youth sexual health education (CSE); sexual and reproductive health advocacy with HBCUs; Affordable Care Act (ACA) information dissemination; and,  advocacy around CSE in New Orleans schools.
 

Nine youth advocates have been selected to participate in the Louisiana Youth Council, a partnership between IWES and Advocates for Youth, through the Cultural Advocacy Mobilization Initiative (CAMI). Throughout the year, the council will receive training in policy development, advocacy, and community organizing. They will put this training in action through advocacy efforts around comprehensive sexual health education policy. To kick off their year, the advocates will attend a four-day, intensive training hosted by Advocates for Youth, wherein youth activists from across the world come together to learn from sexual and reproductive health experts, as well as each other. Stay tuned to learn more about these amazing youth activists, and the work they will do with CAMI and the LYC this year!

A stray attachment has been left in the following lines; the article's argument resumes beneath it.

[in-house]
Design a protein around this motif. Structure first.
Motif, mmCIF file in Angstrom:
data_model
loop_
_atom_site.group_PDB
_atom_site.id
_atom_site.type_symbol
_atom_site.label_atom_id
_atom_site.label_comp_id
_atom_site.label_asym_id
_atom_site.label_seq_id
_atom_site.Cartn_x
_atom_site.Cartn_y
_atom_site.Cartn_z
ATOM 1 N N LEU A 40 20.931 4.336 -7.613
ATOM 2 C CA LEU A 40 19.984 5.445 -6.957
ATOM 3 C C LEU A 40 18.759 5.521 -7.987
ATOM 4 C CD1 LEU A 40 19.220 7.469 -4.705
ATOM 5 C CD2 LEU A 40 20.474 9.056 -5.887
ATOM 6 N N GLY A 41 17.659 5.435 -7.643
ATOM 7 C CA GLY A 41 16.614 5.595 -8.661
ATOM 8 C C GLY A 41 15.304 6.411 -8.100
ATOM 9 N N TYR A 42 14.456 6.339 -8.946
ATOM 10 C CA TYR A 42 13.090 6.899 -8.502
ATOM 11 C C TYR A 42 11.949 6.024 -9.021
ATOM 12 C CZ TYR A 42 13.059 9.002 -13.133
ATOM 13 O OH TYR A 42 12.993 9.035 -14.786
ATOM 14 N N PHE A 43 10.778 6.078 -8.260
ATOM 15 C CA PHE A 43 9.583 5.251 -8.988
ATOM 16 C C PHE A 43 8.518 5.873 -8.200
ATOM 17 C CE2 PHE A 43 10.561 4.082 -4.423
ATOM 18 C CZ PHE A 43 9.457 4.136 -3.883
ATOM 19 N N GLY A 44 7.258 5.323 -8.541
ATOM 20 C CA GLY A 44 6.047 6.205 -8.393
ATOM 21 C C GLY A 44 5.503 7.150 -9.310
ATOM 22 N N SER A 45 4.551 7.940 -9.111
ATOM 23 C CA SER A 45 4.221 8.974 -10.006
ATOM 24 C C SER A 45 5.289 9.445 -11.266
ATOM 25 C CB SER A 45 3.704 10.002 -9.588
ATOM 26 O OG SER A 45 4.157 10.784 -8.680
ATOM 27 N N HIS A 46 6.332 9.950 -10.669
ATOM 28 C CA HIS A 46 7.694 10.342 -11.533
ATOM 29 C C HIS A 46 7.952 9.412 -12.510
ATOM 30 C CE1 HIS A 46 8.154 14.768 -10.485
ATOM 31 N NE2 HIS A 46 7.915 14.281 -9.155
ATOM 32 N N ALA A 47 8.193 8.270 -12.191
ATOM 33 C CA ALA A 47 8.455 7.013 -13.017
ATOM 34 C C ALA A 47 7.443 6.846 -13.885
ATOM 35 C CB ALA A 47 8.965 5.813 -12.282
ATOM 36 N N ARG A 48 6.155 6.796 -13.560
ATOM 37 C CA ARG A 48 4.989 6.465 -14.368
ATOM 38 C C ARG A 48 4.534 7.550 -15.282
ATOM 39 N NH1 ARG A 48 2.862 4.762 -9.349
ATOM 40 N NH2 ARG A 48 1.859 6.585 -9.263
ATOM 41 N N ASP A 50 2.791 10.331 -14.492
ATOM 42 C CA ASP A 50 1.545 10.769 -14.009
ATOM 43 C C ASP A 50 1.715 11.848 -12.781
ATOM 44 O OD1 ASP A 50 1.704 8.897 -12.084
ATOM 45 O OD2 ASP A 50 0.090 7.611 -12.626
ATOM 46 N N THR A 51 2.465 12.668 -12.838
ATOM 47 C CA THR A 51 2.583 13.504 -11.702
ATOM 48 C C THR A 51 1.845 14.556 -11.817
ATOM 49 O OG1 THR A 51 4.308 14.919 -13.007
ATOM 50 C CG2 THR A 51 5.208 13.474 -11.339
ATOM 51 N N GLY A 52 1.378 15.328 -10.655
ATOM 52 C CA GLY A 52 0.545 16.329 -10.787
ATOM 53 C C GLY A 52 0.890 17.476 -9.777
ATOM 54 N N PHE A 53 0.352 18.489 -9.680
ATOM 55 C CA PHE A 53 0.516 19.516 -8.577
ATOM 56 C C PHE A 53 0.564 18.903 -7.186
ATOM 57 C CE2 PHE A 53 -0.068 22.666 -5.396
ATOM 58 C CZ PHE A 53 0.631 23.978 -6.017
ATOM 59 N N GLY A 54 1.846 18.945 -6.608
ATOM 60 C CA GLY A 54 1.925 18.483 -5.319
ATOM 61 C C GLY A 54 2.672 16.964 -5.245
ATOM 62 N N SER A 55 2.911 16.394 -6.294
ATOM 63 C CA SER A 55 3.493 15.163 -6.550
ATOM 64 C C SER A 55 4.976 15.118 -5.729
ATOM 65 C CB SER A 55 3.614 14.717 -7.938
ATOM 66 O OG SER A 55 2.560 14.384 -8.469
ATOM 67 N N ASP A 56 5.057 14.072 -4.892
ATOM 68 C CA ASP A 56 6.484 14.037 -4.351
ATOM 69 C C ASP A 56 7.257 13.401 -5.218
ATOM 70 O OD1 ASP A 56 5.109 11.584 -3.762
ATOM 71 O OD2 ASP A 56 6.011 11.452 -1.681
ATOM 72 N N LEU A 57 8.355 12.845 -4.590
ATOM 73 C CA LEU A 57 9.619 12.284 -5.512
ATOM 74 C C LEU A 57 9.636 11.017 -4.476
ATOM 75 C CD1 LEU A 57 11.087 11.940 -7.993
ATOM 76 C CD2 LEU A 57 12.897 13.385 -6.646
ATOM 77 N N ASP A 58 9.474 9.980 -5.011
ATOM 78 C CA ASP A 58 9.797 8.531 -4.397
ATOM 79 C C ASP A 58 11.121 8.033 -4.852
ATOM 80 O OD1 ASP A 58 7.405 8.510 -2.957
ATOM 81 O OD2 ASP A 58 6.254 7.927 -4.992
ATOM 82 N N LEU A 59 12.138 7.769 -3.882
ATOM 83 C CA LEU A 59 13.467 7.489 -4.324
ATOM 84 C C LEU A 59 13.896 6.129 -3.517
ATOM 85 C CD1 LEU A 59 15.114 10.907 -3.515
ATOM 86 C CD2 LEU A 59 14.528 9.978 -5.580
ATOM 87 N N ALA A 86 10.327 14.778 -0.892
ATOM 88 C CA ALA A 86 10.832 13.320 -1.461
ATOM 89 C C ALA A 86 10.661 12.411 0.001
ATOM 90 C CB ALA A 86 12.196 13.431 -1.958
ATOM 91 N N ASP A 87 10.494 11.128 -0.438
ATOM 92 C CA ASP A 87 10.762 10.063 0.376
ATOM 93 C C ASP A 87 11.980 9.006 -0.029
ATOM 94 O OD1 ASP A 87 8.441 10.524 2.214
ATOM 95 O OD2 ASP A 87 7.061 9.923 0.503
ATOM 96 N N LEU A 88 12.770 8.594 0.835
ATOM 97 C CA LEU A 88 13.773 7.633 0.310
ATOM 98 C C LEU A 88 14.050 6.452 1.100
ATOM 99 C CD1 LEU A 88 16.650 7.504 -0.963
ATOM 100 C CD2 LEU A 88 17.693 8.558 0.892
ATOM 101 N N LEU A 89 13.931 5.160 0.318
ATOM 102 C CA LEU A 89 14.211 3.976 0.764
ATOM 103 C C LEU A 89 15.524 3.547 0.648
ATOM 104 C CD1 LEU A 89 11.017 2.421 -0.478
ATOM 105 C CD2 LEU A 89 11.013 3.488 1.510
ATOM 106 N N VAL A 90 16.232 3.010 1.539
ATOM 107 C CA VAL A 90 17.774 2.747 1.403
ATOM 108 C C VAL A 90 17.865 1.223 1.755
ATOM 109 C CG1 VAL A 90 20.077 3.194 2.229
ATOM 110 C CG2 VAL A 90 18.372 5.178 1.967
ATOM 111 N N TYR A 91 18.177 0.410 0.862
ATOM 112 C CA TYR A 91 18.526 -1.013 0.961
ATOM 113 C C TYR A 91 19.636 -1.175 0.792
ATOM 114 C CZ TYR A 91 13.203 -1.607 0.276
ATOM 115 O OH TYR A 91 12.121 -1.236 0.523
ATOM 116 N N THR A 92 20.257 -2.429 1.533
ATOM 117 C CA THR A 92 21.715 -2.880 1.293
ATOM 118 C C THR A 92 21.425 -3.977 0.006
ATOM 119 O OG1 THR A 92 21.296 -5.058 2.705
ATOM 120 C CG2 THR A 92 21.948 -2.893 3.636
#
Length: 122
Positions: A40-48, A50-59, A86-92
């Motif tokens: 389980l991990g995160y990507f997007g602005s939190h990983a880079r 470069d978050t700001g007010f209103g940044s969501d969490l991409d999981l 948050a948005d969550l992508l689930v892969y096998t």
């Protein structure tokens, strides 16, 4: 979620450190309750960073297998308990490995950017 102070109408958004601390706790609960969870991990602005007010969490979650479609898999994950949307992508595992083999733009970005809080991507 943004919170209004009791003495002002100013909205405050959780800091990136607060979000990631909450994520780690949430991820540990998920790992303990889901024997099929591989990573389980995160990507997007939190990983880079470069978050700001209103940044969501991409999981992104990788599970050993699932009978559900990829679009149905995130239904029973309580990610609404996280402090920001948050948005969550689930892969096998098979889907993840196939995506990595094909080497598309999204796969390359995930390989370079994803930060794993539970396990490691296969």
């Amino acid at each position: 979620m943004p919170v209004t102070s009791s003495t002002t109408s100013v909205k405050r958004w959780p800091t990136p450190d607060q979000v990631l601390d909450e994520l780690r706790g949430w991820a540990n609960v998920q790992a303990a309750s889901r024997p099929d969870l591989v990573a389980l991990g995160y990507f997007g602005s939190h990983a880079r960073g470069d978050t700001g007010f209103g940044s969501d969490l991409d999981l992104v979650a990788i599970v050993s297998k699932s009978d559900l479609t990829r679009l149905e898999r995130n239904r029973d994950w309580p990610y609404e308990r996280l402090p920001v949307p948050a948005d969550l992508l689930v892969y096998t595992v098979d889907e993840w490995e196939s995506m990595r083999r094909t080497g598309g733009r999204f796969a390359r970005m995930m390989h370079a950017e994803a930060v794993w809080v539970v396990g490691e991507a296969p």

If you have any questions about CrAFT please contact Kaitlyn Marchesano.

Healthy By Default (HBD)

Through UCLA's Fielding School of Public Health, IWES is funded to implement the Healthy By Default REACH Project to disseminate strategies to improve physical activity levels and healthy eating behaviors among vulnerable populations. In collaboration with the City of New Orleans Health Department's FitNOLA, IWES partnered with 6 schools throughout the city to create policy, systems, and environmental change in the areas of physical activity and nutrition. HBD has formed a multi-sectorial coalition of 20 community partners and organizations that meets monthly to provide input on the program and review ways to make the its efforts more sustainable and effective.